Alpine Responsibility Code
This Alpine Responsibility Code is endorsed and used by the Canada West Ski Areas Association (CWSAA), the Ontario Ski Resorts Association (OSRA), the Atlantic Ski Areas Association (ASAA), and the Canadian Ski Council (CSC).





 Nordic Responsibility Code

This code is endorsed and used by the Canada West Ski Areas Association (CWSAA), the Ontario Ski Resorts Association (OSRA), the Atlantic Ski Areas Association (ASAA), and the Canadian Ski Council (CSC).





Avalanche Safety

Skiers/boarders are often unaware of avalanche danger. Avalanche danger within ski area boundaries is controlled, however avalanche terrain beyond the boundary fence or boundary markers is not controlled. The temptation to have fun too easily overrules caution. Common false beliefs include, "I’ve skied that slope before,” or "There are tracks there, so it must be safe to follow.”
Neither of these statements allow for the hidden changes that occur daily or hourly within the snowpack, or the fact that the first skier/boarder may merely have loosened the snow enough to make it avalanche for someone behind. If you are ever tempted to think "it won’t happen to me,” make sure to also ask "will it slide” and "what holds it up there?”
When skiing/boarding in the sidecountry or backcountry, you need to carry the gear (transceiver, probe & shovel), know the avalanche danger, be able to recognize avalanche terrain, and be skilled in avalanche rescue.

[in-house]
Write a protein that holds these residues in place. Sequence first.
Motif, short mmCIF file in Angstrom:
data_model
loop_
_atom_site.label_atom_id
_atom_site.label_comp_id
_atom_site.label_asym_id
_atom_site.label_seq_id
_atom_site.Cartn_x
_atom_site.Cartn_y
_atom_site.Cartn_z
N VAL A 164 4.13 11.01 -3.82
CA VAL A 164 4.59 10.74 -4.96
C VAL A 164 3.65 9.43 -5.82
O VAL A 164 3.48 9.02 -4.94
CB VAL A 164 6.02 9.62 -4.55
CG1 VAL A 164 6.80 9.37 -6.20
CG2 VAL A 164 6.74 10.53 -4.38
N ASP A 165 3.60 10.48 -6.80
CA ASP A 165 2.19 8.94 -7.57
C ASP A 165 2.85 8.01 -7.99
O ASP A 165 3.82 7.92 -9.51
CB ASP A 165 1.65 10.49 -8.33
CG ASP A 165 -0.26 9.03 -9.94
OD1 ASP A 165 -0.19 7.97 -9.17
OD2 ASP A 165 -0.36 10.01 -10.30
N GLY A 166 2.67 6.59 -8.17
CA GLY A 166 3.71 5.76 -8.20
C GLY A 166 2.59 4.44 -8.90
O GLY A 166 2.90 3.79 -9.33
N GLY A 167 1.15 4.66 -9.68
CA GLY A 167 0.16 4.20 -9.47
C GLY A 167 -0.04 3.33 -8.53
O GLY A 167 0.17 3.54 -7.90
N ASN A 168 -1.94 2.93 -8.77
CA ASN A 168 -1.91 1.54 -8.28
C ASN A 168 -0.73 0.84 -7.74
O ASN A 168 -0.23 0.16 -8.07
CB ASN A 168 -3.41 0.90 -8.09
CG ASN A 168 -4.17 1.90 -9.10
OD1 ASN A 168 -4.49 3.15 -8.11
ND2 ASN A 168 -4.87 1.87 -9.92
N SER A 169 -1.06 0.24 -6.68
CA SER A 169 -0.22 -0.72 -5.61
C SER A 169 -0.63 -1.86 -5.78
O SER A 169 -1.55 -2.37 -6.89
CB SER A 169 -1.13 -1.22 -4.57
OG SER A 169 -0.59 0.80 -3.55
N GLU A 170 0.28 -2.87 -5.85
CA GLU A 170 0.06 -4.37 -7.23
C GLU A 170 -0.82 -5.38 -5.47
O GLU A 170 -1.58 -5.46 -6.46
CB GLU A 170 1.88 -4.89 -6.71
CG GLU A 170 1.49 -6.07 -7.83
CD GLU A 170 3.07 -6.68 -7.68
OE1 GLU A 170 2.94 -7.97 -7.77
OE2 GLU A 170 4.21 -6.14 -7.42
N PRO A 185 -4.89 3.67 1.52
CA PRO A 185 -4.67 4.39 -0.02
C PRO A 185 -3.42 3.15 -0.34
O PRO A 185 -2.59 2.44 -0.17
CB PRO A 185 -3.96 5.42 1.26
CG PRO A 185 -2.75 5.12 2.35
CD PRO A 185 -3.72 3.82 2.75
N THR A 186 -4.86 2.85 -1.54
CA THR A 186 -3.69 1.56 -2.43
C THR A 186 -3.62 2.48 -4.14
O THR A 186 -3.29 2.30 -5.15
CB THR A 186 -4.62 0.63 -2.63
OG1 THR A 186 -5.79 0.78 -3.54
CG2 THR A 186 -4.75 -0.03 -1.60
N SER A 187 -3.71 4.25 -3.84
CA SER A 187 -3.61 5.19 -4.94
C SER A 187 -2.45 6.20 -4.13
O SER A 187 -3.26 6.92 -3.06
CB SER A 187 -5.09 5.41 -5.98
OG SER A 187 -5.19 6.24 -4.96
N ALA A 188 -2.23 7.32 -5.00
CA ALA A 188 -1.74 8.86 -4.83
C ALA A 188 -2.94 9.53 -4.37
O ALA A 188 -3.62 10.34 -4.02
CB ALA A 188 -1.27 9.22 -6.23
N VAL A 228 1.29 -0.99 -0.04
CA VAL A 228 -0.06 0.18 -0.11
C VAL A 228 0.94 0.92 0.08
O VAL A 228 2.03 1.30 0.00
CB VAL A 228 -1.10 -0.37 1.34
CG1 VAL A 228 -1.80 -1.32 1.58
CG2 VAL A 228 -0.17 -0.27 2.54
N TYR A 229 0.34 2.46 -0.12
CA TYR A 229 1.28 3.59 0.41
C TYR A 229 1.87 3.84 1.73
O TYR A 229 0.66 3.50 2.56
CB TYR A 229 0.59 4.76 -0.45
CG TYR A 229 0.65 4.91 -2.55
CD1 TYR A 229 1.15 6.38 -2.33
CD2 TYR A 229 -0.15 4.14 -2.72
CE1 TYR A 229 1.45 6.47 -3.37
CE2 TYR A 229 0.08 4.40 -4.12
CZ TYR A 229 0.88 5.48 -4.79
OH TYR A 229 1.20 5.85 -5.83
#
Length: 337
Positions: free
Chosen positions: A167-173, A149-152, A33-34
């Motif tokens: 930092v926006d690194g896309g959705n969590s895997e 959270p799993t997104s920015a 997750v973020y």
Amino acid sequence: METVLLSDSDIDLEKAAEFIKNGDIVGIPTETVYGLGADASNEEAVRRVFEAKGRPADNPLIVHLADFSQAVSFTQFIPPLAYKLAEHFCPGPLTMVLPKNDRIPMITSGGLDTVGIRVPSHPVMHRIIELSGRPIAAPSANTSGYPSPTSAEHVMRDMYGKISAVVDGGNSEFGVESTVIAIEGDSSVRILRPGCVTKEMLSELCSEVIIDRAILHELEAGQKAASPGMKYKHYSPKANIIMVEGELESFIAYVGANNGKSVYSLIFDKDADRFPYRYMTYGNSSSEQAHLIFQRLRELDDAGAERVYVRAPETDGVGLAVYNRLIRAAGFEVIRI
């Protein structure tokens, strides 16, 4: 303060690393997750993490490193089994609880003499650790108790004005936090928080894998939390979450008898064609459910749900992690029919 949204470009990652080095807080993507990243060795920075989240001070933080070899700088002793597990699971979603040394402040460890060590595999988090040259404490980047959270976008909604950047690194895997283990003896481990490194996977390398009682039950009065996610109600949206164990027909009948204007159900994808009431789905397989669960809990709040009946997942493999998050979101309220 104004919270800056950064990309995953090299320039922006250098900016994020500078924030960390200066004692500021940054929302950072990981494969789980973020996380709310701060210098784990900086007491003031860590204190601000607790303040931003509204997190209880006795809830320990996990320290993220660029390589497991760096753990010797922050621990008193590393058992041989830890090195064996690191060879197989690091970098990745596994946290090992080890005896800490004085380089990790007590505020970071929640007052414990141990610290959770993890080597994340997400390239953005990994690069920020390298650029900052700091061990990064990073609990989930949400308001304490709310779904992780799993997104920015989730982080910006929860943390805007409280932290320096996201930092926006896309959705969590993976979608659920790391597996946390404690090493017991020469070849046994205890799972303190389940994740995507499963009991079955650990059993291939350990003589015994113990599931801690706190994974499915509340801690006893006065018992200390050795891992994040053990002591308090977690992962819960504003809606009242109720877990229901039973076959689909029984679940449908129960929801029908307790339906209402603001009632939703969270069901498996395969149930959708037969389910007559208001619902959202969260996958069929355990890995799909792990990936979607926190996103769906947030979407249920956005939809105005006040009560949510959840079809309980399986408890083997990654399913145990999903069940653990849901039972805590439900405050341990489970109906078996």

Avalanche safety and rescue require skill and practice.
The source for avalanche awareness and training information is the Canadian Avalanche Centre

Helmet Safety

The CSP strongly recommends the use of ski and snowboard helmets by its members and anyone participating in alpine skiing, snowboarding, telemark skiing, and other related snow sliding activities.
Providing services in over 200 resorts across Canada, with approximately 5,000 highly trained volunteers who are on the slopes and trails promoting safety and injury prevention, we encourage new skiers/riders to take lessons, follow the Alpine and Nordic responsibility codes, and wear a helmet.
Helmets are not a substitute for being "aware”. Being safety conscious on the slopes leads to greater enjoyment and better management of the risks that are present here as in all outdoor sports.
The good news is that, according to the Canada Ski Council, there has been an increase in helmet usage on the slopes, particularly by youth. The National Consumer Profile and Satisfaction Survey, conducted annually by the Canadian Ski Council, (CSC) has been tracking helmet usage by skiers and riders for the last four years.
  • Overall, helmet usage has increased from 67 percent of all skiers and riders in 2006 to 71 percent in 2010.
  • The greatest growth in helmet usage is in the 55 to 64 age group, which has increased to 76 percent in 2010 from 39 percent in 2005.
  • Usage is highest in New Brunswick at 95 percent, followed by Newfoundland (75 percent), Alberta (73 percent) and Quebec (77 percent).
To read more, click here:
Why Wear a Helmet? Ski Canada – September 2015
Concussion Management
The Canadian Ski Patrol, in partnership with BrainTrust Canada, has continued its program to inform both patients and patrollers about the serious life impact that a concussion can have.
Thanks to this partnership, thousands of concussion cards and posters have been distributed to CSP patrollers across Canada to be handed on to patients and their families.

Concussion information and management is an important step in managing brain injury. Getting early medical treatment and having a gradual and medically supervised return to activity are important steps in reducing the potential for a concussion to become a cause of death or disability.

Links to additional information: